A Study of RandomForests Learning Mechanism with Application to the Identification of Informative Gene Interactions in Microarray Data
 

A Study of RandomForests Learning Mechanism with Application to the Identification of Informative Gene Interactions in Microarray Data

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A Study of RandomForests Learning Mechanism with Application to the Identification of Informative Gene Interactions in Microarray Data A Study of RandomForests Learning Mechanism with Application to the Identification of Informative Gene Interactions in Microarray Data Presentation Transcript

  • A Study of Random Forests Learning Mechanism with Application to the Identification of Informative Gene Interactions in Microarray DataJorge M. Arevalillo and Hilario NavarroDpt. Statistics and Operational ResearchUniversity Nacional de Educación a Distancia1 Salford Analytics and Data Mining Conference 2012. San Diego
  • Outline  Weak Marginal / Strong bivariate genetic interactions  RF learning mechanism  RF bivariate interaction detector procedure  Controlling the curse of dimensionality  Handling the small sample effect  Application to microarray data  Conclusions2 Jorge M. Arevalillo and H. Navarro. RF Learning Mechanism with Application to the Identification of Gene Interactions
  • Human Genetics Basics DNA is often described as the blueprint of living organisms. It is composed bytwo complementary strands of nucleotides (A-T, C-G) Adenine (A) pairs with thymine (T) and cytosine (C) with guanine (G) Basically, a gene is a piece of the DNA that contains the genetic information forthe synthesis of a protein  The human genome in numbers  23 pairs of chromosomes  2 meters of DNA  A sequence of 3 billion bps length  30000 – 40000 genes  Over 99% of the genome is identical in all human beings3 Jorge M. Arevalillo and H. Navarro. RF Learning Mechanism with Application to the Identification of Gene Interactions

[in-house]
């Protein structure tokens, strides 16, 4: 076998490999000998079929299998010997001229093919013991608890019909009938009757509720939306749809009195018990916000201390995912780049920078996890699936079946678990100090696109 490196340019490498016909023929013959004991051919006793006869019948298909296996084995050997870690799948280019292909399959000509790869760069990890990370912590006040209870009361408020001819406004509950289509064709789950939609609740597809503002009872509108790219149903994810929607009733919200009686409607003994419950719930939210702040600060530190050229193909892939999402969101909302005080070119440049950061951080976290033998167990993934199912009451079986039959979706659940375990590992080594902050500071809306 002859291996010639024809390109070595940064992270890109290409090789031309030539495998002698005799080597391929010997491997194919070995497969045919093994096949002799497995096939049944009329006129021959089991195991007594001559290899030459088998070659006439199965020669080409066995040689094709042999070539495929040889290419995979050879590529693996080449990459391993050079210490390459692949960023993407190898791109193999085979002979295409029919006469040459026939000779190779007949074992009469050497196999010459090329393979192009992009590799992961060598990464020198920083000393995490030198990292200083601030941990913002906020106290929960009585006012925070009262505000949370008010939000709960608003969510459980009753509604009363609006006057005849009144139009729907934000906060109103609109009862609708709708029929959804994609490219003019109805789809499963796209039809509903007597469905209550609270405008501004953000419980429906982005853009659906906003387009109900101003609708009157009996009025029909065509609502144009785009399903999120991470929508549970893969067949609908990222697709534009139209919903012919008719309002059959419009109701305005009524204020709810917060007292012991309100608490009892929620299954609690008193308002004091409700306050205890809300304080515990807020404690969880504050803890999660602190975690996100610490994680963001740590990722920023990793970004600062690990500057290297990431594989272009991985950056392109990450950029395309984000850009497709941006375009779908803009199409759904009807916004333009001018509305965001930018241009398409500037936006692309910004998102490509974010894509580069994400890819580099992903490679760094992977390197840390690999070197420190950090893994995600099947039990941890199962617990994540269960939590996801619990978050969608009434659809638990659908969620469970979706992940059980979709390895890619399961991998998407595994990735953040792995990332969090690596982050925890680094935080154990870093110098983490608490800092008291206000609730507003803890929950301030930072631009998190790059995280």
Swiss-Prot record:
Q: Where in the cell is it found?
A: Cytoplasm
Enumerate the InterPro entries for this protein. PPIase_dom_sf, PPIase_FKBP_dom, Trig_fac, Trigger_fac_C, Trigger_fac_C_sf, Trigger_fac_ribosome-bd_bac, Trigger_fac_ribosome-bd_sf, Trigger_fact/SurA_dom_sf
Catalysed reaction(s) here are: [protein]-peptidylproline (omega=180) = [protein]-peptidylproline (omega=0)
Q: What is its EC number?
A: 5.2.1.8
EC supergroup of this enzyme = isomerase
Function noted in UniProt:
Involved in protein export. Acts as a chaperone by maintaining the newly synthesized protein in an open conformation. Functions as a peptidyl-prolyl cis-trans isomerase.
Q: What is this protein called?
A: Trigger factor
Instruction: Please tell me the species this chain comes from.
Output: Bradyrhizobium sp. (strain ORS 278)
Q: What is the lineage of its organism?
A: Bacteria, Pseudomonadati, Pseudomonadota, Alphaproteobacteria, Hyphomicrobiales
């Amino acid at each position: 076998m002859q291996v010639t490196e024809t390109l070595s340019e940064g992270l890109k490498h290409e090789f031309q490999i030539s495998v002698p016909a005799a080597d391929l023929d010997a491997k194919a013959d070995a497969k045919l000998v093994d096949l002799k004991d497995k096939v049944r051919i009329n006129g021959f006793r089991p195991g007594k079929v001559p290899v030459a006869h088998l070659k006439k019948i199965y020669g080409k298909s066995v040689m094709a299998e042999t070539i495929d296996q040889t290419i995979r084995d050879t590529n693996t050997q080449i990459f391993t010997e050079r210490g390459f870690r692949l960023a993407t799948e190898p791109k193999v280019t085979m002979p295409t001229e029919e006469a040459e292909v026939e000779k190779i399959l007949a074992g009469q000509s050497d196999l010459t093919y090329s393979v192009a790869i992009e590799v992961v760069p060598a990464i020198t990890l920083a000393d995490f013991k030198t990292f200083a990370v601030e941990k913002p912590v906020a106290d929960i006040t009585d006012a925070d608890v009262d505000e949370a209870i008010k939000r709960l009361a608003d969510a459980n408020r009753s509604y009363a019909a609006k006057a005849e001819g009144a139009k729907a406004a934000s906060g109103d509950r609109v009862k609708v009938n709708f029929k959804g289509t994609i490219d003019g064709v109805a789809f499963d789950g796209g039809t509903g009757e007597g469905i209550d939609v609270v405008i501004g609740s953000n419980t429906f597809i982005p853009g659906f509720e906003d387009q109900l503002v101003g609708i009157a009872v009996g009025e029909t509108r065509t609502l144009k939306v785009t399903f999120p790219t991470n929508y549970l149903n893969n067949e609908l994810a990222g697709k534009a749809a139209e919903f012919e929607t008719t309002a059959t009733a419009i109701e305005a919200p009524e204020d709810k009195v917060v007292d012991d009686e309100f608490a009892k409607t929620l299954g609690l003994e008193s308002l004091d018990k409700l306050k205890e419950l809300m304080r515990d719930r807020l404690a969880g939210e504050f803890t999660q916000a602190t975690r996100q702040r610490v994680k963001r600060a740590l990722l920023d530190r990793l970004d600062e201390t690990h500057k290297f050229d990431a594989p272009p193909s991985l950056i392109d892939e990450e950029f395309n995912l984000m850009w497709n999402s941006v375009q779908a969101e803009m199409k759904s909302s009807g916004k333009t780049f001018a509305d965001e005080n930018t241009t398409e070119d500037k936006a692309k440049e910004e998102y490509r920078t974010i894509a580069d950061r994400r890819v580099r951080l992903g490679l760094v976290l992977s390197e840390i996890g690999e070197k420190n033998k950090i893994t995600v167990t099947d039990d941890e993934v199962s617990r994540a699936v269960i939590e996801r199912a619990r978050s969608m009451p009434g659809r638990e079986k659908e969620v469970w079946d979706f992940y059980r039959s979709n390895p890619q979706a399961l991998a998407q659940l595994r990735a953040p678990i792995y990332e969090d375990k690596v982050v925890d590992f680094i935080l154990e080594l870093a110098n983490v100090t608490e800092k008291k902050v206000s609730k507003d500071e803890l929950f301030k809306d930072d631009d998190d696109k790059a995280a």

• The central dogma of molecular biology  The expression of the genetic information stored in the DNA occurs in two stages •TRANSCIPTION. During which DNA is transcribed into messenger RNA (mRNA). •TRANSLATION. At this stage mRNA is transported to cell cytoplasm and translated to produce a protein  Amino acids are used to construct proteins which in turn will determine the observed phenotype DNA microarray technologies allow to measure the abundance of mRNA bymonitoring the expression levels for hundreds or thousands of genes at differentconditions of the phenotype4 Jorge M. Arevalillo and H. Navarro. RF Learning Mechanism with Application to the Identification of Gene Interactions
  • Weak marginal / Strong bivariate geneticinteractions In binary classification we define a WM/SB bivariate gene to gene interaction as apair of variables (genes) whose joint distribution discriminates the outcome but haveirrelevant marginal distributions for class separation5 Jorge M. Arevalillo and H. Navarro. RF Learning Mechanism with Application to the Identification of Gene Interactions
  • RF learning mechanism  Random Forest is an ensemble of decision trees grown in a special way  Randomness is injected in RF mechanism by bootstrap resampling to grow each tree in the forest and also by finding the best splitter at each node within a randomly selected subset of inputs The number ntree of trees in the forest and the number R of candidate inputs forsplitting each node must be set in advance. Defaults: ntree = 500 and R = squareroot of the number p of inputs Each tree is grown on nearly 63% of data. The classification error rate isestimated using the 37% left out observations. The error rate evaluated on the outof bag cases is called oob6 Jorge M. Arevalillo and H. Navarro. RF Learning Mechanism with Application to the Identification of Gene Interactions
  • RF table of variable importance  The high dimensional nature of the data obtained by gene expression microarray experiments has created the need for variable selection procedures that separate relevant predictors (genes) carrying on useful information for classifying the phenotype from irrelevant predictor (genes)  RF generates variable importance measures that allow to rank predictors in accordance to their contribution to the predictive accuracy of the ensemble  RF gives two measures of variable importance • GINI MEASURE. Each variable is assigned a score that accounts for the all the improvements in the Gini index in all the nodes of the trees in the forests that use the variable as splitting variable • PERMUTATION BASED MEASURE. For each variable, all the cases are randomly permuted to a noisy predictor; this noisy predictor is used in place of the original predictor and the oob is computed again. The importance of the variable is defined by the difference between oob errors after and before permutation7 Jorge M. Arevalillo and H. Navarro. RF Learning Mechanism with Application to the Identification of Gene Interactions